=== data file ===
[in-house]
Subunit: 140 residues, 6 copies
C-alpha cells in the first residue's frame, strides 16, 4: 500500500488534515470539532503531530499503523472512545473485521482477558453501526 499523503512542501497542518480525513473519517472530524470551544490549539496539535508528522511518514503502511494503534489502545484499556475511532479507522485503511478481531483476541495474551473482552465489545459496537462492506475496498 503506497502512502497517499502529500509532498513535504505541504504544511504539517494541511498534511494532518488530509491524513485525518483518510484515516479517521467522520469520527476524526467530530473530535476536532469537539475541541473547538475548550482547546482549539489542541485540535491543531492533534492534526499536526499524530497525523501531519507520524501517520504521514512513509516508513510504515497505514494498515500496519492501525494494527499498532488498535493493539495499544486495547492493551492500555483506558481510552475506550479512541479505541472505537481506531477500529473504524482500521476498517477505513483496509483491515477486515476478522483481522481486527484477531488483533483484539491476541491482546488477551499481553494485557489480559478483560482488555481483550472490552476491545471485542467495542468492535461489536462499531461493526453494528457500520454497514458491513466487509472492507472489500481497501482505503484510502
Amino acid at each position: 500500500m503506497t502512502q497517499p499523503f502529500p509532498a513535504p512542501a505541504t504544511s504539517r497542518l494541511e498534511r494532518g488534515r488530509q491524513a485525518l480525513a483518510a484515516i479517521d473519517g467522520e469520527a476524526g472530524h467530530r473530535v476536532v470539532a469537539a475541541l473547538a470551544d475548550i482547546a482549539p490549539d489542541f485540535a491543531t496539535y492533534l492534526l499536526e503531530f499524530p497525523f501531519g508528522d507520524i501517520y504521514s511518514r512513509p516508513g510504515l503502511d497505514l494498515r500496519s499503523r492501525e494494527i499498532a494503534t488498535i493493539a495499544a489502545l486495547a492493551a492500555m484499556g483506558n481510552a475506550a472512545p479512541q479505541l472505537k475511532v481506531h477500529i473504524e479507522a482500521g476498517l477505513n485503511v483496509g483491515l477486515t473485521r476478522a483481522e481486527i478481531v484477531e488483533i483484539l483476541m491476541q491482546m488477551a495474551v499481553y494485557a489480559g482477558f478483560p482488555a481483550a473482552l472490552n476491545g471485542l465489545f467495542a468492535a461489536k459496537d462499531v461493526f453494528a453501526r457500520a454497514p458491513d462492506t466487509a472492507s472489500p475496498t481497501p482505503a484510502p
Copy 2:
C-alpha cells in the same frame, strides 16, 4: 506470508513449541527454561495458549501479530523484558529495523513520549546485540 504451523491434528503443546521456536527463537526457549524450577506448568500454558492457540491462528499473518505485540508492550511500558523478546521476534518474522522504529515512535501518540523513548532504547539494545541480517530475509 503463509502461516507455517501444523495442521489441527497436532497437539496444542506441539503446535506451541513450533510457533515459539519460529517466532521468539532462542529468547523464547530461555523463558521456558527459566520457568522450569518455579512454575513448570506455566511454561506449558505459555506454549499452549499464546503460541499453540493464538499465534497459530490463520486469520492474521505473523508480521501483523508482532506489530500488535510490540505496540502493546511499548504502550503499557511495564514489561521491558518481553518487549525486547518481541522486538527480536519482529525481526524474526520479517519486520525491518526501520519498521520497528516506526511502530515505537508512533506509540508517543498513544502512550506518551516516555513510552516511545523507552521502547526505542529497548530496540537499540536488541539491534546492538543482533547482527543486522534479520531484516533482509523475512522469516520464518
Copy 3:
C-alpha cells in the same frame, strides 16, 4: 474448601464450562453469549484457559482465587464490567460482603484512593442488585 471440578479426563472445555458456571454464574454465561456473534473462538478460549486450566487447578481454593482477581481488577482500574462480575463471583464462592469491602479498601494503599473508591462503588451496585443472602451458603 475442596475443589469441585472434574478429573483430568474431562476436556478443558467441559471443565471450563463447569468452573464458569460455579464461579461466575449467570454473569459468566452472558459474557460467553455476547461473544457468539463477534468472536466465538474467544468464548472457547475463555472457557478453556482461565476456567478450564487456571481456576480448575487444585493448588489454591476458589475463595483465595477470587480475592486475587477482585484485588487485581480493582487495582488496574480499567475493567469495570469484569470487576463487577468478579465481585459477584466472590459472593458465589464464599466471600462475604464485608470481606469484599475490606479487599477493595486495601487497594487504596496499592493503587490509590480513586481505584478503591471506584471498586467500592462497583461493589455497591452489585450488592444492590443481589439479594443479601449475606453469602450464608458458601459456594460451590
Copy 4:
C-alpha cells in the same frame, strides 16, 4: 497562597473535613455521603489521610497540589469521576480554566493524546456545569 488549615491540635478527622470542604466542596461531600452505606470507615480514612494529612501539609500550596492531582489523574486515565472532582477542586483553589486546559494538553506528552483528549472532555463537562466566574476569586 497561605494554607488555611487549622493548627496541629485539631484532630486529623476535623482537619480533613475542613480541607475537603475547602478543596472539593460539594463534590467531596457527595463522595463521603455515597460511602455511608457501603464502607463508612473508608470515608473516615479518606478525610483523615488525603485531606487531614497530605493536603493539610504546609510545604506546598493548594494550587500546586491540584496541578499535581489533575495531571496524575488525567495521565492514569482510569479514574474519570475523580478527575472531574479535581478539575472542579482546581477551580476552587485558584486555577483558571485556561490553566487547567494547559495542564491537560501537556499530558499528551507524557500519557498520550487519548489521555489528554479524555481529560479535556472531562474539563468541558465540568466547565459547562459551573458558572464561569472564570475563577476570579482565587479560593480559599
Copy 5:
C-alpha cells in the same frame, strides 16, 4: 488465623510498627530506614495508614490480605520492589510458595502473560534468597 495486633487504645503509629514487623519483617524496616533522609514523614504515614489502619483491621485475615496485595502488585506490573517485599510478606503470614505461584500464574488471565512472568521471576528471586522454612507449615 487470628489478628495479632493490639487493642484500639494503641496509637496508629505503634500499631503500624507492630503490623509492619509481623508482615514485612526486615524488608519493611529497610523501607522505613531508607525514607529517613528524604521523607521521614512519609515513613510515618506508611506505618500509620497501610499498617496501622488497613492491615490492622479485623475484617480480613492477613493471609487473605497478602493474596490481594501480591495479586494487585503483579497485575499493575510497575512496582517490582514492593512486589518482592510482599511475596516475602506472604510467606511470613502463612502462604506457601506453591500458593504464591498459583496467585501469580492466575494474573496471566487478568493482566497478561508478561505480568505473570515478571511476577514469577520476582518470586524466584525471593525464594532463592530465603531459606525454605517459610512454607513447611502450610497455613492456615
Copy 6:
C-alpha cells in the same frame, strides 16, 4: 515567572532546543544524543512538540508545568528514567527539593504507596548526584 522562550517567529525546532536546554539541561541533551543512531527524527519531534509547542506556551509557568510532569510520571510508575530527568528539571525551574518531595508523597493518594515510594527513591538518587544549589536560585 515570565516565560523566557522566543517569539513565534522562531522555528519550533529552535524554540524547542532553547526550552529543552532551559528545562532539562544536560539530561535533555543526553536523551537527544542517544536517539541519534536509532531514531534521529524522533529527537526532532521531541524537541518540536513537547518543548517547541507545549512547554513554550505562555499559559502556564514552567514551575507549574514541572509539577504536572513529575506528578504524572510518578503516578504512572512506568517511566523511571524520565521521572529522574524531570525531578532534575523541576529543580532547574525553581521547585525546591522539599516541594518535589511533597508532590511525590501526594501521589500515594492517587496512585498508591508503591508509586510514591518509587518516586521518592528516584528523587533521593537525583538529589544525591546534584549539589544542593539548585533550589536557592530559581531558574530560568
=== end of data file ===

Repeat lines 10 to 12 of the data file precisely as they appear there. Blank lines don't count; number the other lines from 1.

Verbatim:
C-alpha cells in the same frame, strides 16, 4: 497562597473535613455521603489521610497540589469521576480554566493524546456545569 488549615491540635478527622470542604466542596461531600452505606470507615480514612494529612501539609500550596492531582489523574486515565472532582477542586483553589486546559494538553506528552483528549472532555463537562466566574476569586 497561605494554607488555611487549622493548627496541629485539631484532630486529623476535623482537619480533613475542613480541607475537603475547602478543596472539593460539594463534590467531596457527595463522595463521603455515597460511602455511608457501603464502607463508612473508608470515608473516615479518606478525610483523615488525603485531606487531614497530605493536603493539610504546609510545604506546598493548594494550587500546586491540584496541578499535581489533575495531571496524575488525567495521565492514569482510569479514574474519570475523580478527575472531574479535581478539575472542579482546581477551580476552587485558584486555577483558571485556561490553566487547567494547559495542564491537560501537556499530558499528551507524557500519557498520550487519548489521555489528554479524555481529560479535556472531562474539563468541558465540568466547565459547562459551573458558572464561569472564570475563577476570579482565587479560593480559599
Copy 5:
C-alpha cells in the same frame, strides 16, 4: 488465623510498627530506614495508614490480605520492589510458595502473560534468597 495486633487504645503509629514487623519483617524496616533522609514523614504515614489502619483491621485475615496485595502488585506490573517485599510478606503470614505461584500464574488471565512472568521471576528471586522454612507449615 487470628489478628495479632493490639487493642484500639494503641496509637496508629505503634500499631503500624507492630503490623509492619509481623508482615514485612526486615524488608519493611529497610523501607522505613531508607525514607529517613528524604521523607521521614512519609515513613510515618506508611506505618500509620497501610499498617496501622488497613492491615490492622479485623475484617480480613492477613493471609487473605497478602493474596490481594501480591495479586494487585503483579497485575499493575510497575512496582517490582514492593512486589518482592510482599511475596516475602506472604510467606511470613502463612502462604506457601506453591500458593504464591498459583496467585501469580492466575494474573496471566487478568493482566497478561508478561505480568505473570515478571511476577514469577520476582518470586524466584525471593525464594532463592530465603531459606525454605517459610512454607513447611502450610497455613492456615